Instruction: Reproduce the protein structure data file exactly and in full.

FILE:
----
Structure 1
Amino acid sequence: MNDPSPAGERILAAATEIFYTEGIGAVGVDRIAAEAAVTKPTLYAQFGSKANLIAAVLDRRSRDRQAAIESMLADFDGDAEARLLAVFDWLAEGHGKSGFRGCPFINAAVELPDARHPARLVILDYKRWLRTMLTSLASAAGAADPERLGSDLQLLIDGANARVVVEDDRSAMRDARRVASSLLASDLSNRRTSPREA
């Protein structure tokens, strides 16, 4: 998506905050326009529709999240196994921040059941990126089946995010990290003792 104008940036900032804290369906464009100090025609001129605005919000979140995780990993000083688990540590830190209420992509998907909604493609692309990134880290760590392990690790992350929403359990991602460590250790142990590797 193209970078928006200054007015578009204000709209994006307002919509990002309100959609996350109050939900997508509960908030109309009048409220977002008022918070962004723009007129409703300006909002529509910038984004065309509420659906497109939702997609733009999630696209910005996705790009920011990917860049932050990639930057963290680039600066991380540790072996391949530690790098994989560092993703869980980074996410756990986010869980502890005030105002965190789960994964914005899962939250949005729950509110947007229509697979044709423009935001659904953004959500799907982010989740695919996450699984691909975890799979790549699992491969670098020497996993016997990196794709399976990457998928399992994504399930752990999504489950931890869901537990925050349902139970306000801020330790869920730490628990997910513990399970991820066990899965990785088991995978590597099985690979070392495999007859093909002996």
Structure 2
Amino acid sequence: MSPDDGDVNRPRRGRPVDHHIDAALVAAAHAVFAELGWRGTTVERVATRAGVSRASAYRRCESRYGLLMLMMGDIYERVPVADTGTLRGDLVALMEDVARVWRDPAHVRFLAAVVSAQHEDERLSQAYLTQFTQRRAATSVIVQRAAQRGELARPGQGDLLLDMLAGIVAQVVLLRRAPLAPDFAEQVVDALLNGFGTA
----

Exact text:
Structure 1
Amino acid sequence: MNDPSPAGERILAAATEIFYTEGIGAVGVDRIAAEAAVTKPTLYAQFGSKANLIAAVLDRRSRDRQAAIESMLADFDGDAEARLLAVFDWLAEGHGKSGFRGCPFINAAVELPDARHPARLVILDYKRWLRTMLTSLASAAGAADPERLGSDLQLLIDGANARVVVEDDRSAMRDARRVASSLLASDLSNRRTSPREA
């Protein structure tokens, strides 16, 4: 998506905050326009529709999240196994921040059941990126089946995010990290003792 104008940036900032804290369906464009100090025609001129605005919000979140995780990993000083688990540590830190209420992509998907909604493609692309990134880290760590392990690790992350929403359990991602460590250790142990590797 193209970078928006200054007015578009204000709209994006307002919509990002309100959609996350109050939900997508509960908030109309009048409220977002008022918070962004723009007129409703300006909002529509910038984004065309509420659906497109939702997609733009999630696209910005996705790009920011990917860049932050990639930057963290680039600066991380540790072996391949530690790098994989560092993703869980980074996410756990986010869980502890005030105002965190789960994964914005899962939250949005729950509110947007229509697979044709423009935001659904953004959500799907982010989740695919996450699984691909975890799979790549699992491969670098020497996993016997990196794709399976990457998928399992994504399930752990999504489950931890869901537990925050349902139970306000801020330790869920730490628990997910513990399970991820066990899965990785088991995978590597099985690979070392495999007859093909002996």
Structure 2
Amino acid sequence: MSPDDGDVNRPRRGRPVDHHIDAALVAAAHAVFAELGWRGTTVERVATRAGVSRASAYRRCESRYGLLMLMMGDIYERVPVADTGTLRGDLVALMEDVARVWRDPAHVRFLAAVVSAQHEDERLSQAYLTQFTQRRAATSVIVQRAAQRGELARPGQGDLLLDMLAGIVAQVVLLRRAPLAPDFAEQVVDALLNGFGTA